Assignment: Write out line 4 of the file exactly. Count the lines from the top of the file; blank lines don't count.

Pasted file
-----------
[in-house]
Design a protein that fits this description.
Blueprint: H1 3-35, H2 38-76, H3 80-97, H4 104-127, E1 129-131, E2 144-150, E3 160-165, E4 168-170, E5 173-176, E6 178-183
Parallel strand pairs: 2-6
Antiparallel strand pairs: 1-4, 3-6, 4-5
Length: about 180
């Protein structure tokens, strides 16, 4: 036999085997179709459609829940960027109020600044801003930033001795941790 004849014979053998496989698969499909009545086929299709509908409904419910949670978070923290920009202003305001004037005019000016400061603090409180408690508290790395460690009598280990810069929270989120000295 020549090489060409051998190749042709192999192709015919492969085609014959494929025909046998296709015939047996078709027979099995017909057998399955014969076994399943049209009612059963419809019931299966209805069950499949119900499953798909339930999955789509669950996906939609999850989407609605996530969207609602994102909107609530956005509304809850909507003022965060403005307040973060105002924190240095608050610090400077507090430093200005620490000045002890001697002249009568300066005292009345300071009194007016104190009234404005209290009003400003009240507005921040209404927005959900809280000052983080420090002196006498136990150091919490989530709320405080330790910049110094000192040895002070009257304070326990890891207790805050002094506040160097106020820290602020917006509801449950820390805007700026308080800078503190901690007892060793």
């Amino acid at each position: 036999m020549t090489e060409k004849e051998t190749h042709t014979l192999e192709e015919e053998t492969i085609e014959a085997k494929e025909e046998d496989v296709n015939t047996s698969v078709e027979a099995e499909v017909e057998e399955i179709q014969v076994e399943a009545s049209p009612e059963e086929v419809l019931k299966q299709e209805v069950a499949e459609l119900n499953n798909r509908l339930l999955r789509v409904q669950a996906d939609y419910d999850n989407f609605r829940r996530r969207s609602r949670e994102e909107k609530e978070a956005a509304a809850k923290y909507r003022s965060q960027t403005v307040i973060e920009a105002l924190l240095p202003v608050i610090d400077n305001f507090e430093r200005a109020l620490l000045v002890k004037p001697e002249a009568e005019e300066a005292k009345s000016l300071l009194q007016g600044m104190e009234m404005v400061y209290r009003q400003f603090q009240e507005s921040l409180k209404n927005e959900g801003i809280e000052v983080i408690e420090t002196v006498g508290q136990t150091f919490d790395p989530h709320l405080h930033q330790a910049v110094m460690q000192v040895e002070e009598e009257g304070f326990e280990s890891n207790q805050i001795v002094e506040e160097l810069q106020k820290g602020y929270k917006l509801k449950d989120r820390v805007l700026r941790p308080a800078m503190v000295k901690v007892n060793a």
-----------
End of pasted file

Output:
Parallel strand pairs: 2-6